The faces here are reproductions of some of the gargoyles and grotesques decorating the various college buildings of Oxford University in England, which was founded by the medieval Monks to educate the clergy. Its oldest surviving colleges date from the 13th and 14th centuries. From the Middle Ages, European buildings have been decorated with intricate and imaginative carvings, commonly known as gargoyles or grotesques.
The name Grotesque stems from the typically exaggerated forms and expressions of these carvings, while strictly speaking a gargoyle has a functional use, channelling rain water and spewing it out through its mouth (literally gargling!) to protect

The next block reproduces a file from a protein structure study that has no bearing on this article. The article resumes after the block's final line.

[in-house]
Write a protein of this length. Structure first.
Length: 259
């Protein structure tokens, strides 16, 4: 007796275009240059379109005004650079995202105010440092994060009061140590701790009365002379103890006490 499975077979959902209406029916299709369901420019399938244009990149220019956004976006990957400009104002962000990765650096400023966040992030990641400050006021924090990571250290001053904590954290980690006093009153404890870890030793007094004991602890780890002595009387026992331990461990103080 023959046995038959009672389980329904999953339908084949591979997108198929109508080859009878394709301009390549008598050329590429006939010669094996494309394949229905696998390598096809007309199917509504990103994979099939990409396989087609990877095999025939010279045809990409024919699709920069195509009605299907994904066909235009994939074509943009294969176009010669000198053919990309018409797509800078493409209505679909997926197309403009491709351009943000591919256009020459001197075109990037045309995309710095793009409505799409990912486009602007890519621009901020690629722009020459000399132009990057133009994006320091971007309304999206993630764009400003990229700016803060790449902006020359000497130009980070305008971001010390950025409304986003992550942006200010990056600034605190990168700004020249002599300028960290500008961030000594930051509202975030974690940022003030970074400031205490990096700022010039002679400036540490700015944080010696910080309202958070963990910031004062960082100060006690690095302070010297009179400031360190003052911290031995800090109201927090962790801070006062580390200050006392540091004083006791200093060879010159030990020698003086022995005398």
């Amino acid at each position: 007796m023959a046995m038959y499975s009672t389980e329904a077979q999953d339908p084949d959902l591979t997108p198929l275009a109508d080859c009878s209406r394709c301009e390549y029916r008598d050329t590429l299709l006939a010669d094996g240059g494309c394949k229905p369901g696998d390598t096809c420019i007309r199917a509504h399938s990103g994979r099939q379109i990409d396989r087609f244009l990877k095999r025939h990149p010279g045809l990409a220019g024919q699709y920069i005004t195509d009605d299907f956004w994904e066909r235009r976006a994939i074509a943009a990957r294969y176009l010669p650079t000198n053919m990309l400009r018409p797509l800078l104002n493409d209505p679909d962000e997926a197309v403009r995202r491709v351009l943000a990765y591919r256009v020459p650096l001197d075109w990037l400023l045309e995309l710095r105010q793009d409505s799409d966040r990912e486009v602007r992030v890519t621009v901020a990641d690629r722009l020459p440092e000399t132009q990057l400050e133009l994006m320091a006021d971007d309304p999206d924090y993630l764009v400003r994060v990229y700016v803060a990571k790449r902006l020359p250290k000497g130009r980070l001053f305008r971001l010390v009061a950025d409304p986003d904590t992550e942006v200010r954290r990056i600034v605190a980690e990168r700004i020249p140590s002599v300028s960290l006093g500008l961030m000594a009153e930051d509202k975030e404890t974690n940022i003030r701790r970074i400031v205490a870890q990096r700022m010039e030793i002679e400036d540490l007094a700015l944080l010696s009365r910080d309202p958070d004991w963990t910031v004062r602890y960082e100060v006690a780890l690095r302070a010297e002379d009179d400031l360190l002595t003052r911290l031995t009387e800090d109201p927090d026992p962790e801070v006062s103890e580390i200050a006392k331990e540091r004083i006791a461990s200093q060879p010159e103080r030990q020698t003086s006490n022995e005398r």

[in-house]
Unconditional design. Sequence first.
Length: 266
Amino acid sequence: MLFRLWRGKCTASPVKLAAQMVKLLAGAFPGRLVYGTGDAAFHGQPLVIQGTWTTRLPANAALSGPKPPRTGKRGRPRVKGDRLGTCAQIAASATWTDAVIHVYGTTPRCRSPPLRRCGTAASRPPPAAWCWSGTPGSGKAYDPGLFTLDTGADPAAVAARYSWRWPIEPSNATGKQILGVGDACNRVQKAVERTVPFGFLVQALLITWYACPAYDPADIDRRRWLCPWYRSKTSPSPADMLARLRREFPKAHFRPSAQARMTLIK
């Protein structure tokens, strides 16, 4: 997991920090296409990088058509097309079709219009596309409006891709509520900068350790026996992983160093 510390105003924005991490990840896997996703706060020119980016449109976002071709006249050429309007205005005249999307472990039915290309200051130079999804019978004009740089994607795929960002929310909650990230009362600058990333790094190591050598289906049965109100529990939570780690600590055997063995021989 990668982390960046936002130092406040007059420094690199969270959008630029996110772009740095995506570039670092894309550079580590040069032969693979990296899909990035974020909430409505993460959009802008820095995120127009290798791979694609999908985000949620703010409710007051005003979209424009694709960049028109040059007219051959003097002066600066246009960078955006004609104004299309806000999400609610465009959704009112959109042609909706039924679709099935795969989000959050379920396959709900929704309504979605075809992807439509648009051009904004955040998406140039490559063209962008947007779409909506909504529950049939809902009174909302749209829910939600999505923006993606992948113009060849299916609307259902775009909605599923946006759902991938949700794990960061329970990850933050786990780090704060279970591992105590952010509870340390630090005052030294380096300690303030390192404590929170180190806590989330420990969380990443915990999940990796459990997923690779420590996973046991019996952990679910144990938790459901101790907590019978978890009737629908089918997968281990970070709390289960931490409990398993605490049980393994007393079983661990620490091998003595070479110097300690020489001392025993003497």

the stone work of the building from damp, discoloration, and decay.
The name comes from the French gargouille, which also means throat.